Q: The CSO Earnings and Labour Costs release contains average earnings data, how are these averages calculated?
A: The Earnings and Labour Costs quarterly release publishes statistics on average weekly and hourly earnings and labour costs where these average earnings figures are mean earnings. For example, average weekly earnings are calculated by summing the earnings of all employees in a sector and dividing by the sum of all the employees in that sector whereas average hourly earnings are calculated by summing the earnings of all employees in a sector and dividing by the sum of all hours worked by employees in the sector.
As is typical in earnings distributions, a relatively small number of high earners result in a positively skewed earnings distribution of employees in Ireland. In a positively skewed earnings distribution, mean earnings are greater than median earnings as the mean is increased by those higher earners. In such cases median earnings (the middle earner in the economy or sector) may be a more reflective figure of the average earnings of employees in the economy or sector. Please see the graph below which illustrates the earnings distribution of employees in Ireland in 2014. This data is taken from the Earnings Analysis using Administrative Sources (EAADS) release, available here. This release produces both mean and median earnings statistics.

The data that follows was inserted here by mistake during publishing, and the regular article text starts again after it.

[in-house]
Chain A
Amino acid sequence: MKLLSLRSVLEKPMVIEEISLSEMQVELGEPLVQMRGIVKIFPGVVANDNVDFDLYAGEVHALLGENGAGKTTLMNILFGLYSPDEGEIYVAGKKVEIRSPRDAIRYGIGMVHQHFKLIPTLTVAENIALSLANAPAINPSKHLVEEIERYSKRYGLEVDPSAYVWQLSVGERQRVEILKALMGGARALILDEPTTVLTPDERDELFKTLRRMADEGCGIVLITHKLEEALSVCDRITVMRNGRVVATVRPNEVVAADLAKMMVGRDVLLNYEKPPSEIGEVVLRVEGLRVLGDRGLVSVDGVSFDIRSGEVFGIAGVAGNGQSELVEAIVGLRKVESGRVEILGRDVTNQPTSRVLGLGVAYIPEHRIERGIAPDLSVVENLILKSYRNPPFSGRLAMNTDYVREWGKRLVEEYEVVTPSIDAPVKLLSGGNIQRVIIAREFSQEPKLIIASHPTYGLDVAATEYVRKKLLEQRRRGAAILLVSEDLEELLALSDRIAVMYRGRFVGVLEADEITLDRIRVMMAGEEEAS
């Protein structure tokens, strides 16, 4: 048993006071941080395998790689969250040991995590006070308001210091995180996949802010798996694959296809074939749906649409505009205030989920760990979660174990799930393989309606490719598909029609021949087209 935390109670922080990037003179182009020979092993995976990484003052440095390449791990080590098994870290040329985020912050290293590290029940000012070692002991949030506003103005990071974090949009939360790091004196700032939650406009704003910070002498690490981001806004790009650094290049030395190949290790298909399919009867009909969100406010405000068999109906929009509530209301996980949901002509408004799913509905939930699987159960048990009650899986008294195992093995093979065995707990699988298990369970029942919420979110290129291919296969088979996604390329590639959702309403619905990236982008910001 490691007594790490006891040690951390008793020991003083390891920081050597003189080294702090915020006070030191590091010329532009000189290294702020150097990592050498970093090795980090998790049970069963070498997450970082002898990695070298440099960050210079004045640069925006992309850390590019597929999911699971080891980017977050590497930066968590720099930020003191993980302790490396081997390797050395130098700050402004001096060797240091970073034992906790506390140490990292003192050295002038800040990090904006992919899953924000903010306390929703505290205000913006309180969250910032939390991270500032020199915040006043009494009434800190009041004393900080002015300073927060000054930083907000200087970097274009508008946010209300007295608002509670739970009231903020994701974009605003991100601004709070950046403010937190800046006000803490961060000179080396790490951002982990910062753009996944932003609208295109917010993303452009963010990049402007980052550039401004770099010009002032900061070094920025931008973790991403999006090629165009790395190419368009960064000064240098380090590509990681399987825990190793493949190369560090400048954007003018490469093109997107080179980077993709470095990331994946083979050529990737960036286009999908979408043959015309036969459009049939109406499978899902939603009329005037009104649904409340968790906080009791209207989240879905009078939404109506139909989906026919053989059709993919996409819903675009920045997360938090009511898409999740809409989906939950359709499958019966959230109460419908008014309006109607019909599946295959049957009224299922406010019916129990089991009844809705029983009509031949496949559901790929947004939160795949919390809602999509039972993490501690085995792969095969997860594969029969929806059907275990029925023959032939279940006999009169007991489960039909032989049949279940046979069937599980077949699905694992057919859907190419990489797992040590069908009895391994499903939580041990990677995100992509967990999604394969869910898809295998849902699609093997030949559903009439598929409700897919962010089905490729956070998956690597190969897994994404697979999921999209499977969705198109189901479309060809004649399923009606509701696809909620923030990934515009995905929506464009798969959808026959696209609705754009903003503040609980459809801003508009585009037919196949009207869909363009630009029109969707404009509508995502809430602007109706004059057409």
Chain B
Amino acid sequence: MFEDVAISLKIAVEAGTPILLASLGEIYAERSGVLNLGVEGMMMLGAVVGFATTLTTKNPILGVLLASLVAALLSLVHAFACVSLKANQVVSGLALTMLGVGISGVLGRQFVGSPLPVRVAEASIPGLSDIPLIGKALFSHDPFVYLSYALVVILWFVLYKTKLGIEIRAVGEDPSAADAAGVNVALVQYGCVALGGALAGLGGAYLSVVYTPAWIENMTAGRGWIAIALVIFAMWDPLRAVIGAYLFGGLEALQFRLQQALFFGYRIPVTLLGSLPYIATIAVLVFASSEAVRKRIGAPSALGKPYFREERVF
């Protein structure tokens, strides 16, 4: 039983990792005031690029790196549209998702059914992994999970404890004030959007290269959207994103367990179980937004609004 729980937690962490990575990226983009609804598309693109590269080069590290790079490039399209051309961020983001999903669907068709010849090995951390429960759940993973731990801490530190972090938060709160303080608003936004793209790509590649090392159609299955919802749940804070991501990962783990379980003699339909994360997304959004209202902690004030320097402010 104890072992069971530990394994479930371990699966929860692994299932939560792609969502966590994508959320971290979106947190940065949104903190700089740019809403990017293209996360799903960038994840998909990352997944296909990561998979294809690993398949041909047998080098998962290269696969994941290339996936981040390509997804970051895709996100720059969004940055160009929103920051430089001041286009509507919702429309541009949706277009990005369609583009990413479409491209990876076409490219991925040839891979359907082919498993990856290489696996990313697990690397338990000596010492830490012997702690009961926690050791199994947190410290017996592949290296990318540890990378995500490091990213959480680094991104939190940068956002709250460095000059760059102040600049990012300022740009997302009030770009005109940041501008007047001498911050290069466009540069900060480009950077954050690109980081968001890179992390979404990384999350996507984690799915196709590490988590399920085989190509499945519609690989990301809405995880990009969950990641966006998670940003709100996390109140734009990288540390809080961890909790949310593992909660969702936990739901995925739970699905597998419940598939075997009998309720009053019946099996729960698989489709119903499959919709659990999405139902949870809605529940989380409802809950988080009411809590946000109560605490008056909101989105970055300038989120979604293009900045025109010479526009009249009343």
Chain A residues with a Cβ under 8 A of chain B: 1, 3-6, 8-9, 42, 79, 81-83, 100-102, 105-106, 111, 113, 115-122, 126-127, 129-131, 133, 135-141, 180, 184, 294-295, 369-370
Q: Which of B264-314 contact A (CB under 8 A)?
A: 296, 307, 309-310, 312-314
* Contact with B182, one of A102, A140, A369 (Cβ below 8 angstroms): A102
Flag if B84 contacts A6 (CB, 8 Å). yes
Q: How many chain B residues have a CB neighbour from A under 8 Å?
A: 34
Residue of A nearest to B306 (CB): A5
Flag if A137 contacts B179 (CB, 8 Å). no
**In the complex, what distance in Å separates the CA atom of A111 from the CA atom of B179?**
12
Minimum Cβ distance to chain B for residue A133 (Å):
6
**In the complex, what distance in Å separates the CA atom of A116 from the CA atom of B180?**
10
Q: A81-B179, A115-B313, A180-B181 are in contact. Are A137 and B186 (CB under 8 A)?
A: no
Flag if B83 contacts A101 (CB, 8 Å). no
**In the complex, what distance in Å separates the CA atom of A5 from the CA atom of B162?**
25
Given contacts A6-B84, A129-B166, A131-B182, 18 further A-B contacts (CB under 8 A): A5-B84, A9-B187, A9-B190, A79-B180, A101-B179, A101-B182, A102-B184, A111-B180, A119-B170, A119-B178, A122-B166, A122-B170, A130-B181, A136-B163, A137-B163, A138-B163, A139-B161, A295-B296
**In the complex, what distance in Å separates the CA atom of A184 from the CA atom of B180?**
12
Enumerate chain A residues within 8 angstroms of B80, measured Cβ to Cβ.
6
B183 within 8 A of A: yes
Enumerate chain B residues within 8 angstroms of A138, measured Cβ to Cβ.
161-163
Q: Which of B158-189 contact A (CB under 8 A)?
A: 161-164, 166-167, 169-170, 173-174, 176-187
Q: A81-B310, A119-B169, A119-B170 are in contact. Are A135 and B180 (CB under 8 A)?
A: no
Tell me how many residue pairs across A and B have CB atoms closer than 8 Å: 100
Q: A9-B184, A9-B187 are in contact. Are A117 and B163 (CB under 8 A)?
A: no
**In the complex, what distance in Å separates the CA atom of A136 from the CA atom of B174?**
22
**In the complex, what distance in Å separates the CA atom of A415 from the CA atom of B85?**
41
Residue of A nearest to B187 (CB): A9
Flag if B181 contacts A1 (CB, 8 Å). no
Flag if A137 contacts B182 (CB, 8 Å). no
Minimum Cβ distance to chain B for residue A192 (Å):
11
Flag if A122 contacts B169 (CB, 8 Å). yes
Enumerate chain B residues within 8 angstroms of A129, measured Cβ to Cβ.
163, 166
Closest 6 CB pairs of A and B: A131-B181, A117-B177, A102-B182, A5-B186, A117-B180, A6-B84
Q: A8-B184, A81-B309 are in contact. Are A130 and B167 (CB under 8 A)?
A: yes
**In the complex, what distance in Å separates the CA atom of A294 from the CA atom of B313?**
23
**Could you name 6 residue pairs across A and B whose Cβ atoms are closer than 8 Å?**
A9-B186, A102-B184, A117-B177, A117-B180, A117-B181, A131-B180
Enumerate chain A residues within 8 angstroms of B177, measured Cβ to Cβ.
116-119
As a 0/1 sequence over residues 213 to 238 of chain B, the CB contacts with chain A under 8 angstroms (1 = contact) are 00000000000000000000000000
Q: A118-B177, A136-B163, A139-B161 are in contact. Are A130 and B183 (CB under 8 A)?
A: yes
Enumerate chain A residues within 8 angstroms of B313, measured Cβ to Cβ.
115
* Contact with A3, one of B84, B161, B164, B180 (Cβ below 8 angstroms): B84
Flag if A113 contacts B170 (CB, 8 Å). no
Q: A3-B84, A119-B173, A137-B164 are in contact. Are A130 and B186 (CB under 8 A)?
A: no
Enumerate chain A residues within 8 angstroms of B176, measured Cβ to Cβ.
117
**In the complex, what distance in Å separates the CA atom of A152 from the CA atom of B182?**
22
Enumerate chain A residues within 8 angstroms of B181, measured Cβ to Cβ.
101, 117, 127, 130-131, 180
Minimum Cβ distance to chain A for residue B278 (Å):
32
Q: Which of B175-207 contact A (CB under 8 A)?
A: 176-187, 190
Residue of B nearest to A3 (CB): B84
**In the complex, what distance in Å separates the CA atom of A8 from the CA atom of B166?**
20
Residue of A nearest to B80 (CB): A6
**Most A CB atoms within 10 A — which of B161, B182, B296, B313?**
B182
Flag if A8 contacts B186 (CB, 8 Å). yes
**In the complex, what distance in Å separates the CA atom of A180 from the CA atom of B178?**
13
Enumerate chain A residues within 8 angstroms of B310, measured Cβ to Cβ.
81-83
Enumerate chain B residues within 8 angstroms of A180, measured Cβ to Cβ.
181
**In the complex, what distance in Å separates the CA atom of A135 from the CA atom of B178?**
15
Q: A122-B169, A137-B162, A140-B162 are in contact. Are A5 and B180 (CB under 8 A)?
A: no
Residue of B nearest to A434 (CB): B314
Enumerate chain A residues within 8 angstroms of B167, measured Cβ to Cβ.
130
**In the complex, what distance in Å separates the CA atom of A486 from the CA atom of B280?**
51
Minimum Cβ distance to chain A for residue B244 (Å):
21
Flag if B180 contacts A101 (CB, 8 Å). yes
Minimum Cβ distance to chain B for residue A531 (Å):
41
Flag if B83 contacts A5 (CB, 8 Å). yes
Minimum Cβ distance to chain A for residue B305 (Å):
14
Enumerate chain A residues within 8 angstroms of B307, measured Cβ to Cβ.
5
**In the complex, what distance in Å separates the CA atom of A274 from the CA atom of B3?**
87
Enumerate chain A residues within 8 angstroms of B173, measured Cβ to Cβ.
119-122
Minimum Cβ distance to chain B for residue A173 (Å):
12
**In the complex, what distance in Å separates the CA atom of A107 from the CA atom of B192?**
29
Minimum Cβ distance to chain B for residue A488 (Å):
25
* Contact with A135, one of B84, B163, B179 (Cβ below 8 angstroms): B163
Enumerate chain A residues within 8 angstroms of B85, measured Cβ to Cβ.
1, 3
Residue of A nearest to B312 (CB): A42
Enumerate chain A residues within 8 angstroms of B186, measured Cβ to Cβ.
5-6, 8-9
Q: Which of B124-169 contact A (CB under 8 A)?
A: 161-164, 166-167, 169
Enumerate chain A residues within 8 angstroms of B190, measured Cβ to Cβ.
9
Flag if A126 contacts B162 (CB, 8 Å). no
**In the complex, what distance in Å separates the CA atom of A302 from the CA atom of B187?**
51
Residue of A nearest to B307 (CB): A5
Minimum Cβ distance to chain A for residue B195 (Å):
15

The Earnings and Labour Costs release is based upon firm level earnings data which is used to produce mean earnings statistics and thus cannot produce median earnings statistics.
Q: Where can I find the "Average Industrial Wage" for Ireland in your release?
A: The Average Industrial Wage refers to average weekly earnings of Industrial Workers in the Industry Sector. Industrial Workers are defined as production, transport, craft and other manual workers. The Industry sector is shown in the Earnings and Labour Costs release as "NACE sectors B to E". This NACE classification includes the following activities: mining and quarrying, manufacturing, electricity, gas and water supply. The Average Industrial Wage is calculated as follows: regular earnings for the quarter divided by the average number of persons employed during the quarter, divided by 13 (the number of weeks in a quarter). Average Industrial Wage data is shown in table A1 of the release here and in the StatBank table EHQ13 here. Historical Average Industrial Wage data from 1938 is available here.
Q: Can I get earnings data broken down by sex and geographical location in your release?
A: The Earnings and Labour Costs quarterly release does not break down earnings data by sex or geographical location. However, the Earnings Analysis using Administration Data Sources release (EAADS) publishes both median and mean earnings by region, sector, sex, age group and nationality. Please see the EAADS release here.
Q: Can I get more detailed earnings data for specific occupations?
A: The Earnings and Labour Costs quarterly release does not break down earnings data by specific occupations. The most detailed earnings data which is published is classified by three broad occupation groups and is available in table A1 of the releas here and in the StatBank table EHQ13 here.
Q: Why is my take home wage not as high as the average weekly earnings which you publish for my industry in your release?